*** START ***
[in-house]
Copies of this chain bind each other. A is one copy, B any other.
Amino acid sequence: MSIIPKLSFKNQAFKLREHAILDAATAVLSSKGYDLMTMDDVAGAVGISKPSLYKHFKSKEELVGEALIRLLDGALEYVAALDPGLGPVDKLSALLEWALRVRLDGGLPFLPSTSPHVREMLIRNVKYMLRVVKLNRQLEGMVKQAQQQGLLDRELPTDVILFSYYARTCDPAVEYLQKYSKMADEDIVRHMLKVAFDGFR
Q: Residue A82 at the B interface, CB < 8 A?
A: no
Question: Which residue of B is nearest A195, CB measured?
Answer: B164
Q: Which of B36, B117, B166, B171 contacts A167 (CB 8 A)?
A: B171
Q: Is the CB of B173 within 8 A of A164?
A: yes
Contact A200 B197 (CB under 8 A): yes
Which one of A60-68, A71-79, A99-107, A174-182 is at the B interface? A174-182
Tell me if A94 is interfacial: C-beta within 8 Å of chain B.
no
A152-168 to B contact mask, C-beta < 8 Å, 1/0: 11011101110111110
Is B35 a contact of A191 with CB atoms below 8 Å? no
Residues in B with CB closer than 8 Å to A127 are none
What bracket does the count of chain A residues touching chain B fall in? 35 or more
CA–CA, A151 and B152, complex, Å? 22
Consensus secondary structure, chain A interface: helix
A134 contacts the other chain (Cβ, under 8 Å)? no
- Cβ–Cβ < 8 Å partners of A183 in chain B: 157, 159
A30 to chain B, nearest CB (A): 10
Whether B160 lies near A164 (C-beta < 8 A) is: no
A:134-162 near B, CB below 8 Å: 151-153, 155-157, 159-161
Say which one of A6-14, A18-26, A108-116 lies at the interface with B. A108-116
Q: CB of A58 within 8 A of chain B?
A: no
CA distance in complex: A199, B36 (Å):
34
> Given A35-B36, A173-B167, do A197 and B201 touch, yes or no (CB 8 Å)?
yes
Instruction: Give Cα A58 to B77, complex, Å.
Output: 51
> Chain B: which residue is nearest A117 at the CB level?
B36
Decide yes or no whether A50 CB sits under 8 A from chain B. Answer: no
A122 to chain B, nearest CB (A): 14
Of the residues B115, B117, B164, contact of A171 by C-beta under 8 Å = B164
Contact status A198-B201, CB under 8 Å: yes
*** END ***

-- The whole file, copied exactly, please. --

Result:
[in-house]
Copies of this chain bind each other. A is one copy, B any other.
Amino acid sequence: MSIIPKLSFKNQAFKLREHAILDAATAVLSSKGYDLMTMDDVAGAVGISKPSLYKHFKSKEELVGEALIRLLDGALEYVAALDPGLGPVDKLSALLEWALRVRLDGGLPFLPSTSPHVREMLIRNVKYMLRVVKLNRQLEGMVKQAQQQGLLDRELPTDVILFSYYARTCDPAVEYLQKYSKMADEDIVRHMLKVAFDGFR
Q: Residue A82 at the B interface, CB < 8 A?
A: no
Question: Which residue of B is nearest A195, CB measured?
Answer: B164
Q: Which of B36, B117, B166, B171 contacts A167 (CB 8 A)?
A: B171
Q: Is the CB of B173 within 8 A of A164?
A: yes
Contact A200 B197 (CB under 8 A): yes
Which one of A60-68, A71-79, A99-107, A174-182 is at the B interface? A174-182
Tell me if A94 is interfacial: C-beta within 8 Å of chain B.
no
A152-168 to B contact mask, C-beta < 8 Å, 1/0: 11011101110111110
Is B35 a contact of A191 with CB atoms below 8 Å? no
Residues in B with CB closer than 8 Å to A127 are none
What bracket does the count of chain A residues touching chain B fall in? 35 or more
CA–CA, A151 and B152, complex, Å? 22
Consensus secondary structure, chain A interface: helix
A134 contacts the other chain (Cβ, under 8 Å)? no
- Cβ–Cβ < 8 Å partners of A183 in chain B: 157, 159
A30 to chain B, nearest CB (A): 10
Whether B160 lies near A164 (C-beta < 8 A) is: no
A:134-162 near B, CB below 8 Å: 151-153, 155-157, 159-161
Say which one of A6-14, A18-26, A108-116 lies at the interface with B. A108-116
Q: CB of A58 within 8 A of chain B?
A: no
CA distance in complex: A199, B36 (Å):
34
> Given A35-B36, A173-B167, do A197 and B201 touch, yes or no (CB 8 Å)?
yes
Instruction: Give Cα A58 to B77, complex, Å.
Output: 51
> Chain B: which residue is nearest A117 at the CB level?
B36
Decide yes or no whether A50 CB sits under 8 A from chain B. Answer: no
A122 to chain B, nearest CB (A): 14
Of the residues B115, B117, B164, contact of A171 by C-beta under 8 Å = B164
Contact status A198-B201, CB under 8 Å: yes